Adani maintained that, in pursuing legal action against Pennings, it was not seeking to restrict free speech.

"We really believe that everyone has the right to express their own opinion, we support that. It's a core part of democracy," Adani in Australia communications lead Kate Campbell told ABC News. "But we think it's important that people express their opinions in a way that's legal, that's safe and that does not prevent others from going about their legal and legitimate business. Mr. Pennings is preventing us from going about our business because of the campaign of intimidation and harassment."

However, Australia's former Greens leader Bob Brown disagreed.

He said Adani's legal action would "send a shudder through every Australian who values democracy, free speech and the right to peaceful protest," The Guardian reported.

Ningaloo Reef near Exmouth on April 2, 2012 in Western Australia. James D. Morgan / Getty Images News

By Dana M Bergstrom, Euan Ritchie, Lesley Hughes and Michael Depledge

In 1992, 1,700 scientists warned that human beings and the natural world were "on a collision course." Seventeen years later, scientists described planetary boundaries within which humans and other life could have a "safe space to operate." These are environmental thresholds, such as the amount of carbon dioxide in the atmosphere and changes in land use.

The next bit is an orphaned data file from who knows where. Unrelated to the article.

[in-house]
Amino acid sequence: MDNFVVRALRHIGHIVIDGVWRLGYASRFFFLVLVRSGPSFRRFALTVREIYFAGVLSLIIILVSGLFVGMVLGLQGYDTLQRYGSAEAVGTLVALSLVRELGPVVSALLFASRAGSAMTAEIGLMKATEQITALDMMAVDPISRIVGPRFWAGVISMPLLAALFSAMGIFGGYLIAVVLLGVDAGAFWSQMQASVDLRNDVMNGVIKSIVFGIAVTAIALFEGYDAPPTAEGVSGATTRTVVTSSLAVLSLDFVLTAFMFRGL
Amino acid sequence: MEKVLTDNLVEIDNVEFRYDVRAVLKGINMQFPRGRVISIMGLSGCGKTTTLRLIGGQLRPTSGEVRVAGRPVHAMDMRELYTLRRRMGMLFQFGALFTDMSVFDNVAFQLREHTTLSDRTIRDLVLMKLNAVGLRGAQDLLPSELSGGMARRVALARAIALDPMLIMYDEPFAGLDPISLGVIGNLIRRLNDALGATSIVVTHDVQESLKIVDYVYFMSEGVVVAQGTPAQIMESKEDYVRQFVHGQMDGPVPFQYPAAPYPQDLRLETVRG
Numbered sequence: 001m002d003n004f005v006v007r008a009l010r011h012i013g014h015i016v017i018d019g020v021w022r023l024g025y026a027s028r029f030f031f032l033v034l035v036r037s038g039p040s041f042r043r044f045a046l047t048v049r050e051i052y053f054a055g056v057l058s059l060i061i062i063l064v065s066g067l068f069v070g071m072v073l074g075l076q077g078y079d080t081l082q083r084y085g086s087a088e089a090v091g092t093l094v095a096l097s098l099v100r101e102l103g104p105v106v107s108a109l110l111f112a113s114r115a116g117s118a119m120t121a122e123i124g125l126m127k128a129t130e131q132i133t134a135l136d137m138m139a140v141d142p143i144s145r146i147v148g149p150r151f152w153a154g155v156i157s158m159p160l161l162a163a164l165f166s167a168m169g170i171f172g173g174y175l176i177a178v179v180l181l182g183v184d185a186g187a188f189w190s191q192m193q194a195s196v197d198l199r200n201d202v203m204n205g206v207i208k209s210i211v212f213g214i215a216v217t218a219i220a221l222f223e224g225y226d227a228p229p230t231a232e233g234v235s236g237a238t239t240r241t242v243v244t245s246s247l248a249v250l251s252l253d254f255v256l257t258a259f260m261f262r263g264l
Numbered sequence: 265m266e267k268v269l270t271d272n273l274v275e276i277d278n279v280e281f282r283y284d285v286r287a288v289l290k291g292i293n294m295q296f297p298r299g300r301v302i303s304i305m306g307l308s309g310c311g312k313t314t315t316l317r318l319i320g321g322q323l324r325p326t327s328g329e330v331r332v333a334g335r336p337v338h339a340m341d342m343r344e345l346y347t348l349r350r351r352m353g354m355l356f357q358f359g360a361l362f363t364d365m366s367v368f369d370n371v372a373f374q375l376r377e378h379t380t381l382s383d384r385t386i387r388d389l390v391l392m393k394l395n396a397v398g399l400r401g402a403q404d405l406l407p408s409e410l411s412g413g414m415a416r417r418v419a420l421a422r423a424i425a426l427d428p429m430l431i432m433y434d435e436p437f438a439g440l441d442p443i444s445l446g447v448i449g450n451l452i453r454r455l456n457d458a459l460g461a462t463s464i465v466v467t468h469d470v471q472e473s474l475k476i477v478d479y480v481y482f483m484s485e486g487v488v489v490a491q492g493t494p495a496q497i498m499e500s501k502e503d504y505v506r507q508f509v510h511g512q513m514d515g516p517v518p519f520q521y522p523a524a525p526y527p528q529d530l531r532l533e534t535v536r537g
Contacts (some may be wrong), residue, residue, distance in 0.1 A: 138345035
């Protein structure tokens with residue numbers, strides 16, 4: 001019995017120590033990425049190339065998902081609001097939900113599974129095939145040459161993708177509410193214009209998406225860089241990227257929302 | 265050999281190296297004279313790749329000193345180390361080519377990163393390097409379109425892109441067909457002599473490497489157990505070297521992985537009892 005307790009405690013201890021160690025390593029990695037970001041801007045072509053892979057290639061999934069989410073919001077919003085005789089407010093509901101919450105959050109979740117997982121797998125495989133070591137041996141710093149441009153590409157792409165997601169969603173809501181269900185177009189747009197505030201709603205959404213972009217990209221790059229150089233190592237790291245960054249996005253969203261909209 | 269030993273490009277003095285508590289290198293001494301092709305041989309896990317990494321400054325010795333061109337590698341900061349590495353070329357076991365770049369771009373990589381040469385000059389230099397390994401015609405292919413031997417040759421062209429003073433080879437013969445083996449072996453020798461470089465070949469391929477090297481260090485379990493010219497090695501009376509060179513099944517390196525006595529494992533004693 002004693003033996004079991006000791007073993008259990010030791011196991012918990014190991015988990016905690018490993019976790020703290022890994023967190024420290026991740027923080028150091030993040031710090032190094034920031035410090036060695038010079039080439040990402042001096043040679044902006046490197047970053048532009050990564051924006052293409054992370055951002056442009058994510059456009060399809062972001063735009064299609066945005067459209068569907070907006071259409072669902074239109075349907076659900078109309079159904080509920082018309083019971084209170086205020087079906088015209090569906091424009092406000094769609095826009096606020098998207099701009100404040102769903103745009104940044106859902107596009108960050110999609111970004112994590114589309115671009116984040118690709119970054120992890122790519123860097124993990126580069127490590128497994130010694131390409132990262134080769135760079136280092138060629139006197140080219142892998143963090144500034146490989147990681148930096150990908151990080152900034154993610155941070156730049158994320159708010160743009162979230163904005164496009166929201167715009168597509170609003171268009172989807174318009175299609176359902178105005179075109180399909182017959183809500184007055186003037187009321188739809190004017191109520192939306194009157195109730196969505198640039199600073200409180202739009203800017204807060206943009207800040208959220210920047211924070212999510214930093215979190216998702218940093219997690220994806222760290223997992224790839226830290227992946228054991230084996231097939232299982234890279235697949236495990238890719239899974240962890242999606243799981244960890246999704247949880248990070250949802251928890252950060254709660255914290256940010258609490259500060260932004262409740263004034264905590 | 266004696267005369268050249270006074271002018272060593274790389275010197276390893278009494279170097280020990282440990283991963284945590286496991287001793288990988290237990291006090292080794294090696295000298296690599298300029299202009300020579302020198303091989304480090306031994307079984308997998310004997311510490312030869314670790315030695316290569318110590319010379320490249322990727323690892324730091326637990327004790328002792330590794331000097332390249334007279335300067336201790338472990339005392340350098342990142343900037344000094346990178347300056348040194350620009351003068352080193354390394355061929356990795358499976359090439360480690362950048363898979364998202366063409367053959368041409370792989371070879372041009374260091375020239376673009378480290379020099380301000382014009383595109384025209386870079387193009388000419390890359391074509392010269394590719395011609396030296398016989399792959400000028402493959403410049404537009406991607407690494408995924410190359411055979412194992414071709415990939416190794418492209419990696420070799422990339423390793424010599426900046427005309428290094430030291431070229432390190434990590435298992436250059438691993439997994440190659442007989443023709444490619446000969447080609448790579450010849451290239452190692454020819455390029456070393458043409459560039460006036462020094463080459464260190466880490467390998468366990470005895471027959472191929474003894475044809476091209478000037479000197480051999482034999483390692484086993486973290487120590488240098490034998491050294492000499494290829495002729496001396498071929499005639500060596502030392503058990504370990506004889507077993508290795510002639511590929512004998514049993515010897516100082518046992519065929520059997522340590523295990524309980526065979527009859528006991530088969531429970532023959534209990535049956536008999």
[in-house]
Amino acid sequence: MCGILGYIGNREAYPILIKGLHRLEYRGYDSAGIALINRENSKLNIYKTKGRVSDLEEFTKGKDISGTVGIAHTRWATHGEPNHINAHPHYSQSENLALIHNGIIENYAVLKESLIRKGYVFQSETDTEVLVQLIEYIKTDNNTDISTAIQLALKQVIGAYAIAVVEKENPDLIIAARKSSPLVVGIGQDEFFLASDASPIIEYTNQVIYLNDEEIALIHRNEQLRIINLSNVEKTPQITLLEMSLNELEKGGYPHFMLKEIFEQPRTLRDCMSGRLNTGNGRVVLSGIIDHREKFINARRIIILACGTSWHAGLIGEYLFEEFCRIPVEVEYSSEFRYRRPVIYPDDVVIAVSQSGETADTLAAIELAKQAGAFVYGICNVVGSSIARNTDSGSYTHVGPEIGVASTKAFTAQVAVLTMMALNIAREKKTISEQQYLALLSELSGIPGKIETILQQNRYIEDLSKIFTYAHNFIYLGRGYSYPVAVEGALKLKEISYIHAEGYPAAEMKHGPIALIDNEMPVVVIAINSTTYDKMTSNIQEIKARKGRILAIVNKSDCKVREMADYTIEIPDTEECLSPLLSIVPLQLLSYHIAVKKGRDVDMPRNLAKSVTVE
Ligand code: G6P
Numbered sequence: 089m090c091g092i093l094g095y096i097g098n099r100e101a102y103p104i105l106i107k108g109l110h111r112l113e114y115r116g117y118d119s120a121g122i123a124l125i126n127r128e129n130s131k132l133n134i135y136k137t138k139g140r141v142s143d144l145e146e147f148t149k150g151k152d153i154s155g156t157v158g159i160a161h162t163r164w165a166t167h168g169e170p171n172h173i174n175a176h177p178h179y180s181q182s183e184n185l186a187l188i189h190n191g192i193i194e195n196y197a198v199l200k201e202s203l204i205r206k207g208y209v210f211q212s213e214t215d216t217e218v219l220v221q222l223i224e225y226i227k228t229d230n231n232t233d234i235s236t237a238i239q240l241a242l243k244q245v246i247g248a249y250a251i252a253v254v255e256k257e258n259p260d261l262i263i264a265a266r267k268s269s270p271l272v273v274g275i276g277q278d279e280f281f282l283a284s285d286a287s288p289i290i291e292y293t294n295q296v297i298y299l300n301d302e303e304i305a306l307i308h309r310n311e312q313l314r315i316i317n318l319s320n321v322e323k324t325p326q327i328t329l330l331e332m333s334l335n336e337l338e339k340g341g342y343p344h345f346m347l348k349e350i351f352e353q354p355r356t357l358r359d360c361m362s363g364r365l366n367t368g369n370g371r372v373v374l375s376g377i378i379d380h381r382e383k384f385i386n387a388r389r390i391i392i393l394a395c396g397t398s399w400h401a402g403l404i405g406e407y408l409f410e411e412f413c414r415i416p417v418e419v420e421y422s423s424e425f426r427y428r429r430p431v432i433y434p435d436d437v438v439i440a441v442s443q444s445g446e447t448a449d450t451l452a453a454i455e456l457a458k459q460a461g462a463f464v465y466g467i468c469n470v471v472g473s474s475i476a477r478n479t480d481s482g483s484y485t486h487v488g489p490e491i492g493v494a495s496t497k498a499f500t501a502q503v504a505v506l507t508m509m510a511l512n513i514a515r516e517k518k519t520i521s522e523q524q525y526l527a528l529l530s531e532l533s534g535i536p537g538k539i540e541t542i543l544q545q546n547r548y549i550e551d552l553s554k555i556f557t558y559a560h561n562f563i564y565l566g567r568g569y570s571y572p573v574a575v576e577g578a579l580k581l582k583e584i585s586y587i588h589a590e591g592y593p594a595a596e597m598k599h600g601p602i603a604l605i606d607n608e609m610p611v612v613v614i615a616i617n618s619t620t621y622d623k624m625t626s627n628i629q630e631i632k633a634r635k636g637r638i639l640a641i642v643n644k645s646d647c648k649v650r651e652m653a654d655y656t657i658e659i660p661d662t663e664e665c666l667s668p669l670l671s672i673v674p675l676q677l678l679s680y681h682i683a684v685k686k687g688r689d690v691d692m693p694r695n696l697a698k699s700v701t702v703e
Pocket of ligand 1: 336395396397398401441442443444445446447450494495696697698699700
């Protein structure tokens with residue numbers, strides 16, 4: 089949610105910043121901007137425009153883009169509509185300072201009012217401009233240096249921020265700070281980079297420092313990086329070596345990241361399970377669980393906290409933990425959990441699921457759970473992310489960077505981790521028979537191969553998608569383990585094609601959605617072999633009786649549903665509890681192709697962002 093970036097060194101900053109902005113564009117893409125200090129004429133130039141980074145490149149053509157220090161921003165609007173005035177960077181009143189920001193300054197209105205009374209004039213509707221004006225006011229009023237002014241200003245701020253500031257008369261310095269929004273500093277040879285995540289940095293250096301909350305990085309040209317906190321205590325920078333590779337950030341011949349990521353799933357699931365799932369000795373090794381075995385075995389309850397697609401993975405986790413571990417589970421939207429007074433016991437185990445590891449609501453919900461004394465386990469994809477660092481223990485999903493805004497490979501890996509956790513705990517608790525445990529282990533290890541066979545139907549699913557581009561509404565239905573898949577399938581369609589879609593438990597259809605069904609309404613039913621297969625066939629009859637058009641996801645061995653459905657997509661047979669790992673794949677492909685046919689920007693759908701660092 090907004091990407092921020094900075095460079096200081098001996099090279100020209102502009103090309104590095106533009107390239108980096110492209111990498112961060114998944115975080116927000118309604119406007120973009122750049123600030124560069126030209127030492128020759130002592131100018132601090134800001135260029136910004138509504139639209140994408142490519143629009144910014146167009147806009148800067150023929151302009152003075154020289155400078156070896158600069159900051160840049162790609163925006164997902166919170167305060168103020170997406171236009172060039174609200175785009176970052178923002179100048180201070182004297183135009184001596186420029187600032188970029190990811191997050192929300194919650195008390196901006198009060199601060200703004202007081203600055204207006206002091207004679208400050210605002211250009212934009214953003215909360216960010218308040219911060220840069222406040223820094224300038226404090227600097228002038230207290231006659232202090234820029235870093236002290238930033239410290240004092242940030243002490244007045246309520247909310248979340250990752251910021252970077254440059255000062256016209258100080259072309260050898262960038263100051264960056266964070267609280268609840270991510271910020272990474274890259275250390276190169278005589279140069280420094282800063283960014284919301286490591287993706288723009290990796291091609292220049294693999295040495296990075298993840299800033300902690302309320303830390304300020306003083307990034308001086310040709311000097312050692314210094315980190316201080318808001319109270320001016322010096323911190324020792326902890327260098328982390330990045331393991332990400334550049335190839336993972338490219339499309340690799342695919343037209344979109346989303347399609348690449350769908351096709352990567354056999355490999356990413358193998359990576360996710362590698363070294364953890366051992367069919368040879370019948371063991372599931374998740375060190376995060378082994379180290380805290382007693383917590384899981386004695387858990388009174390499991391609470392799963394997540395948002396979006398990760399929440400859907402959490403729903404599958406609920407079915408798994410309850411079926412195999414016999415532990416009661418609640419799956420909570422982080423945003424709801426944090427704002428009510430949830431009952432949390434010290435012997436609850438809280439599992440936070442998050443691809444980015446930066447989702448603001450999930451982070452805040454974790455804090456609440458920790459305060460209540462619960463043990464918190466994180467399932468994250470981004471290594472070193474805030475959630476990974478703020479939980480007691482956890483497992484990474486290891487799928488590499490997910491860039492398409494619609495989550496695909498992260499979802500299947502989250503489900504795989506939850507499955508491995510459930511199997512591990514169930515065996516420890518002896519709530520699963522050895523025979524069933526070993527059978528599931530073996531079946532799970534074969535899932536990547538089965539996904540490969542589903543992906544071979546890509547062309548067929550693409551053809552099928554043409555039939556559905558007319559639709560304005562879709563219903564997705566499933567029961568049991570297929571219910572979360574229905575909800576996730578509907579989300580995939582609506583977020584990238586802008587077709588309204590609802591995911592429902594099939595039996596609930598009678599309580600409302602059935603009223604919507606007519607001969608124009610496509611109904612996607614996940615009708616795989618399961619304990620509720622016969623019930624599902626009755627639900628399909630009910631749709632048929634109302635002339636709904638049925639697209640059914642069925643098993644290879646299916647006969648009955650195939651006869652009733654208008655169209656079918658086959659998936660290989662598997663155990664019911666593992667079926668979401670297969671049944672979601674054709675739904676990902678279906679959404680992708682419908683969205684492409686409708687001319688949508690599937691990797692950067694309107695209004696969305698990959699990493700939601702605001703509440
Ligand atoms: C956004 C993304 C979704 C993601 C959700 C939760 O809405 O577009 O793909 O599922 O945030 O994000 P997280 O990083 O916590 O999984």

Read More Show Less

EcoWatch Daily Newsletter

A 3-hour special film by EarthxTV calls for protection of the Amazon and its indigenous populations. EarthxTV.org

To save the planet, we must save the Amazon rainforest. To save the rainforest, we must save its indigenous peoples. And to do that, we must demarcate their land.

Read More Show Less


UN Secretary General Antonio Guterres delivers a video speech at the high-level meeting of the 46th session of the United Nations Human Rights Council UNHRC in Geneva, Switzerland on Feb. 22, 2021. Xinhua / Zhang Cheng via Getty Images

By Anke Rasper

"Today's interim report from the UNFCCC is a red alert for our planet," said UN Secretary General Antonio Guterres.

The report, released Friday, looks at the national climate efforts of 75 states that have already submitted their updated "nationally determined contributions," or NDCs. The countries included in the report are responsible for about 30% of the world's global greenhouse gas emissions.

Read More Show Less
New Delhi's smog is particularly thick, increasing the risk of vehicle accidents. SAJJAD HUSSAIN / AFP via Getty Images

India's New Delhi has been called the "world air pollution capital" for its high concentrations of particulate matter that make it harder for its residents to breathe and see. But one thing has puzzled scientists, according to The Guardian. Why does New Delhi see more blinding smogs than other polluted Asian cities, such as Beijing?

Read More Show Less
A bridge over the Delaware river connects New Hope, Pennsylvania with Lambertville, New Jersey. Richard T. Nowitz / Getty Images

In a historic move, the Delaware River Basin Commission (DRBC) voted Thursday to ban hydraulic fracking in the region. The ban was supported by all four basin states — New Jersey, Delaware, Pennsylvania and New York — putting a permanent end to hydraulic fracking for natural gas along the 13,539-square-mile basin, The Philadelphia Inquirer reported.

Read More Show Less